Ian's story is a story from riches to rags; a story form addiction to sobriety; a story from despair to hope. His alcoholic dad, his ever radiant mom, his wife Anne, a caring Nanny, a cheerful radio host, a carpenter evangelist and psychologist Dan -- all form part of this memoir. This biography deals more with his childhood and collegiate years.

    Some beautiful truths which I found in this book :
    "Home is a place you grow up wanting to leave, and grow old wanting to get back to." (pp 3)
    "For me, life is like one long job interview in which I'm trying to impress everyone I meet enough to hire me." (pp 27)
    "A boy needs a father to show him how to be in the world." (pp 46)
    "Kids don't know their parents are human. They think they're gods." (pp 62)
    "Life is easier when you refuse to know what you know." (pp183)
    "Our parents are mysteries to us. No matter how close we think we are to them, we cannot know the content of their hearts." (pp 214)

    It's a highly recommended read. I would give this one four out of five stars.

    Ian Morgan Cron is an Episcopal priest, speaker, and acclaimed author. He is currently the curator of the Conversations on Courage and Faith Series at Christ Episcopal Church in Greenwich, Connecticut, and a doctoral student at Fordham University, where he is studying Christian spirituality. He is an engaging and poignant speaker who inspires listeners at churches, universities, retreats, seminars, and conferences around the world.

    Please note that I received this book from Thomas Nelson through its book review bloggers program Book Sneeze in exchange for an honest review. Also be informed that the opinions I have expressed are my own. I was not required to write a positive review.

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  • Posted June 16, 2011

    A joyous read on many levels!

    What can I say? I liked the book "Jesus, My Father, the CIA, and Me". Ian Morgan Cron writes in a delightfully engaging style, which invites the reader to come into his world, to share his pain, and more importantly, to share in the grace he experienced which allowed him to overcome the demons of his childhood and young adult years. Billed as 'a memoir.of sorts', Cron describes a childhood and adolescence of trying to please a father who couldn't be pleased. Along the way he describes the terrors of life with an alcoholic parent, his own descent into alcoholism, hitting his bottom, and, thanks to the grace of God, his road to recovery. As he writes about his parents, his Nanny, his wife and children, life on two continents, adolescent angst, disillusionment and joys, things seem so real that at times I thought I must be reading a book of non-fiction. This is the gut-wrenching stuff of life, which usually comes across as sounding false when we try to accurately describe it. Learn about the difference in jumping and falling, a deliberate descent versus spiraling downward, totally out of control. Be reminded that sometimes it's not about you (page 212). Learn about God as the grace of glue that mends us (page 248) and be reminded that no one should eat alone (also on 248) This book is so readable on so many levels: are you struggling with the idea of a loving God? Read this book. Read this book if your family has been torn apart by alcoholism, or if your alcoholism is tearing your family apart. Read this book if your life seems to be a roller coaster ride that the attendant won't let you get off of. And you can even read this book if you're just looking for a feel good story with which to curl up by the fireplace. Warning: (tongue in cheek) One of the great things about this book is that Christian writers endorse it, and you won't find any gratuitous sex, profanity or violence. Cron is also the author of "Chasing Francis: A Pilgrim's Tale". My prayer is that he has more books waiting to be written Disclosure of Material Connection: I received this book free from the publisher through the BookSneeze®.com book review bloggers program. I was not required to write a positive review. The opinions I have expressed are my own. I am disclosing this in accordance with the Federal Trade Commission's 16 CFR, Part 255 : "Guides Concerning the Use of Endorsements and Testimonials in Advertising."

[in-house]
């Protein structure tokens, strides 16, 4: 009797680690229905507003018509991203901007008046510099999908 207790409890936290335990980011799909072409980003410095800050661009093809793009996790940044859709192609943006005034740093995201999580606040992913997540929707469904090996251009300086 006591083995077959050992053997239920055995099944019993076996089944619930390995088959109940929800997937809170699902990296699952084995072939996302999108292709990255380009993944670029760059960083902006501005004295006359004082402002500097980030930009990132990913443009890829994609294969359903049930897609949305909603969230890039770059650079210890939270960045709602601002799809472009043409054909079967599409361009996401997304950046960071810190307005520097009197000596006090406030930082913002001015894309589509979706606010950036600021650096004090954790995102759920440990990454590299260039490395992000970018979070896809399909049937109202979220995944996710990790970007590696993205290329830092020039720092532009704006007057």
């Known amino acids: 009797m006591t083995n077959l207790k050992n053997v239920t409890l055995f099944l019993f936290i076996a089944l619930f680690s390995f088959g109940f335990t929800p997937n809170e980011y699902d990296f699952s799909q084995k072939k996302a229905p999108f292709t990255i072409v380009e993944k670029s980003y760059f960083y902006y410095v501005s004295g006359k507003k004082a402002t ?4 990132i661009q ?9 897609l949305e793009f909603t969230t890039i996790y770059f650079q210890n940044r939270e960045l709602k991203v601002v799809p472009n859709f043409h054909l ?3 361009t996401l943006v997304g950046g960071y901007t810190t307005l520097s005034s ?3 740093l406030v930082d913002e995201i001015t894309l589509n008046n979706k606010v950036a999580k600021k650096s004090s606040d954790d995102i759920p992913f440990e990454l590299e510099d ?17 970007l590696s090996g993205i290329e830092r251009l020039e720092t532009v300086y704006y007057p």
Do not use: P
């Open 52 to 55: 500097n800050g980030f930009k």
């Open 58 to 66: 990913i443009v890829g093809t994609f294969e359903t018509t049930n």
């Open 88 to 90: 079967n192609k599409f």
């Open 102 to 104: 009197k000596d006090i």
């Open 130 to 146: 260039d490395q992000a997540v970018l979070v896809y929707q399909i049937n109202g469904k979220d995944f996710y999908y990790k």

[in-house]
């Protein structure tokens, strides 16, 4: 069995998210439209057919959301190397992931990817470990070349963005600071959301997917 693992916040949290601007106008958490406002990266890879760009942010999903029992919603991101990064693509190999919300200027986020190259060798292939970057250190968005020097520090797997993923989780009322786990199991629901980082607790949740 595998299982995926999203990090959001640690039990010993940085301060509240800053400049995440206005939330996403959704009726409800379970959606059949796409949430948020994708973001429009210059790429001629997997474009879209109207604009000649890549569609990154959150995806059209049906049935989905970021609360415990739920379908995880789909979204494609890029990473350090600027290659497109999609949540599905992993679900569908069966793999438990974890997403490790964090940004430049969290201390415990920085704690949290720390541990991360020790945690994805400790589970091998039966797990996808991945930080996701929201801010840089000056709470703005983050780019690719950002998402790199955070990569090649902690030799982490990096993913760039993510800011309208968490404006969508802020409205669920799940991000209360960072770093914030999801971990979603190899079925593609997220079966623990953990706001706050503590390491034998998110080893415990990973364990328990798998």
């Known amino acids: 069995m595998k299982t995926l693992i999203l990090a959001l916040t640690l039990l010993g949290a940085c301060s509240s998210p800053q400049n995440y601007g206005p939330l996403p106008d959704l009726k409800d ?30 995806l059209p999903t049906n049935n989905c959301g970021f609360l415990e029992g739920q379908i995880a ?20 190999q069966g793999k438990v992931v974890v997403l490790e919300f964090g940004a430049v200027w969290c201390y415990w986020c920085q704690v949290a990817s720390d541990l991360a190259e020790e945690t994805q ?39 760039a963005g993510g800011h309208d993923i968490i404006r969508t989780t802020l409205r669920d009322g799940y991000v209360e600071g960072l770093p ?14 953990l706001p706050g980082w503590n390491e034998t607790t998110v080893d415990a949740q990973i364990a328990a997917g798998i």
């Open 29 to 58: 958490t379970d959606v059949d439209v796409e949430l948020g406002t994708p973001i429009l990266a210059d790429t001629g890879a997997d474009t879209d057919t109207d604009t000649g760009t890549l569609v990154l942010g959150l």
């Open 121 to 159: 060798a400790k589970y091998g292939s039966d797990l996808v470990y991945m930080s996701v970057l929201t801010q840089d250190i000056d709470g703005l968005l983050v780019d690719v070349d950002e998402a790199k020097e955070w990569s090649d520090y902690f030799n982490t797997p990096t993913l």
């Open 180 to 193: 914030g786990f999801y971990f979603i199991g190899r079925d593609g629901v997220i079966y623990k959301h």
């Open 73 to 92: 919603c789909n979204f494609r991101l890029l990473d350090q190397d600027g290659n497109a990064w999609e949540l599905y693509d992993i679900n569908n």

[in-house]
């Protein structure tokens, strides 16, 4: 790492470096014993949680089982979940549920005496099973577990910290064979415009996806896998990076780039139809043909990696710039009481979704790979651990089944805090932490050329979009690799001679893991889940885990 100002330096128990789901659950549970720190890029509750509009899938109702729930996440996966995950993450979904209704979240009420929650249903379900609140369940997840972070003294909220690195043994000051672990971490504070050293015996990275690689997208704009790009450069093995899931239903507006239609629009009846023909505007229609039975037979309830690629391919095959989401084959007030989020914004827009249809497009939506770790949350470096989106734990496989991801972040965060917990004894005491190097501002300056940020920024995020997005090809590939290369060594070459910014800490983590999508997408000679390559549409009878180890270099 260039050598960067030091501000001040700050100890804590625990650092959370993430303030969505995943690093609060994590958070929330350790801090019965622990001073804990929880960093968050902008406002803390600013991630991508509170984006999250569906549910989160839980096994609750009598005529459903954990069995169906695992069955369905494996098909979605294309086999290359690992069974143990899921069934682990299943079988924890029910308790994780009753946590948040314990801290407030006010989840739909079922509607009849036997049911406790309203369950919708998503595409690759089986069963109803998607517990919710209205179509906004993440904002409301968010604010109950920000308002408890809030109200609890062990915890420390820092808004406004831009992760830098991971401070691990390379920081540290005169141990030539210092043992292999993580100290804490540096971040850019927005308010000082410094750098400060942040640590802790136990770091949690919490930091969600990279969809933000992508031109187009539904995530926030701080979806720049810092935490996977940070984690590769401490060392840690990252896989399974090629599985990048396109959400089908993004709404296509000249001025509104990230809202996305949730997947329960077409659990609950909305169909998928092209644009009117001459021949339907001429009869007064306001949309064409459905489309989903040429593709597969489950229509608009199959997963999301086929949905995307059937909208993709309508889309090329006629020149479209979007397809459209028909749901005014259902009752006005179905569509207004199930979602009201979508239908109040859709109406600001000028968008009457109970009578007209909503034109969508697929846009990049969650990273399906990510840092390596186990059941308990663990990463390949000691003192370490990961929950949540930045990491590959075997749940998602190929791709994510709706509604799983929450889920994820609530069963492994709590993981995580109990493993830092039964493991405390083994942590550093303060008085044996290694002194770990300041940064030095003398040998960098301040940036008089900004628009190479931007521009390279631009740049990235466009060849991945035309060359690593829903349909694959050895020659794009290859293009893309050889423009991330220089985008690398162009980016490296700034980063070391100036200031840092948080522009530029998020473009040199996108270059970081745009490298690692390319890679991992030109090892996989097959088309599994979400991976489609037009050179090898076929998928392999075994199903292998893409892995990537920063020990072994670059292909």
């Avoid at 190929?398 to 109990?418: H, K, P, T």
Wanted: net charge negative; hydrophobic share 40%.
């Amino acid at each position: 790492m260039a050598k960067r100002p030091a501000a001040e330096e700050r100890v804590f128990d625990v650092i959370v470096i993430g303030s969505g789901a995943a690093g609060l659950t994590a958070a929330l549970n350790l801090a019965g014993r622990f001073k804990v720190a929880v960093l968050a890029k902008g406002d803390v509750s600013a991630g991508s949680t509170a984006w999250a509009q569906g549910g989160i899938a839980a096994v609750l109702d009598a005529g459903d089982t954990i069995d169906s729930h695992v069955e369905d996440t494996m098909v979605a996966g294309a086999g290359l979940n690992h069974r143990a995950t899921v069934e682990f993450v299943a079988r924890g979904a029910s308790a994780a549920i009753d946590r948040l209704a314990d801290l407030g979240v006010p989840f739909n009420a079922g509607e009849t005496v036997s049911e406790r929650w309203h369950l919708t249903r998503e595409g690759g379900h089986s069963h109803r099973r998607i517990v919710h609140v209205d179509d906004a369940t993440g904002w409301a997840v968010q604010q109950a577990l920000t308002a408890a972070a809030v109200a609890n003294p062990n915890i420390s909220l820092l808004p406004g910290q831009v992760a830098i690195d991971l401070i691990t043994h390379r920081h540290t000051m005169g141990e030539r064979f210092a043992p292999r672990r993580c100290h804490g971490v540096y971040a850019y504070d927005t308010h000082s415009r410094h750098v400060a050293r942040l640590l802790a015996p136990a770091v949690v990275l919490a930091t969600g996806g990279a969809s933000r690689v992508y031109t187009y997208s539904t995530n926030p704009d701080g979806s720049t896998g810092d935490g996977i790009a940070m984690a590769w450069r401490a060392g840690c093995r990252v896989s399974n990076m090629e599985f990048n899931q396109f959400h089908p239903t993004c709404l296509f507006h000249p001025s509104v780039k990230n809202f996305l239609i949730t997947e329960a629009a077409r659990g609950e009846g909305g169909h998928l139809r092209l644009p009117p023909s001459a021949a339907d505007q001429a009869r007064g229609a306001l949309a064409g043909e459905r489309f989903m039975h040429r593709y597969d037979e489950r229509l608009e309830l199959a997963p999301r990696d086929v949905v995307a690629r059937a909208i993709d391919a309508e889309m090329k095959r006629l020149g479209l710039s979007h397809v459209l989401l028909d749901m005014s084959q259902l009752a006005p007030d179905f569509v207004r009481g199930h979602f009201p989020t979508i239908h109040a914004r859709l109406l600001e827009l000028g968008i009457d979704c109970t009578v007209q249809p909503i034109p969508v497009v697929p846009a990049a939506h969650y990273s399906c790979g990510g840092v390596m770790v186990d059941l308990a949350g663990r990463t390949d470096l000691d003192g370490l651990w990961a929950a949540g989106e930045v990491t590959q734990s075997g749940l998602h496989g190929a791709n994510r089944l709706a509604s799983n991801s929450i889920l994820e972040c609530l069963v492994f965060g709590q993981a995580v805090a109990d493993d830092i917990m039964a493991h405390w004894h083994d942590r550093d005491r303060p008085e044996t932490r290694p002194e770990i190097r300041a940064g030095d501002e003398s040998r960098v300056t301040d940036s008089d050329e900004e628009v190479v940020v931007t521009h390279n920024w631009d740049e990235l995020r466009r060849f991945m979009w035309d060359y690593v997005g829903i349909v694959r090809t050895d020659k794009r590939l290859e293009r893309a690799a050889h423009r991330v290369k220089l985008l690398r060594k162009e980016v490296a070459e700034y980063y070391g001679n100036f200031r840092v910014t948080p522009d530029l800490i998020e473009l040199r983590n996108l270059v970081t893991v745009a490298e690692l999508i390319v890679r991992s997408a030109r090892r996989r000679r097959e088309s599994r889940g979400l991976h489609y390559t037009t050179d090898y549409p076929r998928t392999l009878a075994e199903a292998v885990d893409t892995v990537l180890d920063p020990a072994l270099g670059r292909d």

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  • Posted June 13, 2011

    Loved it...

    "When I first discovered the grainy picture in my mother's desk-me as a towheaded two year old sitting in what I remember was a salmon-orange-stained lifeboat-I was overwhelmed by the feeling that the boy in the boat was not waving and laughing at the person snapping the photo as much as he was frantically trying to get the attention of the man I am today. The boy was beckoning me to join him on a voyage through the harrowing straits of memory. He was gambling that if we survived the passage, we might discover an ocean where the past would become the wind at our back rather than a driving gale to the nose of our boat. This book is the record of that voyage."


    I just finished reading this book, and am sad that it is over...if you remember (which I am sure you do) I have reviewed a book by this author before (Chasing Francis)...And wrote a review reflecting how much I love it...while his first book was non-fiction...this book is more of a biography of his life through his own eyes...If you feel in love with Ian's writing in the first book, then I think you will equally love this story he tells here...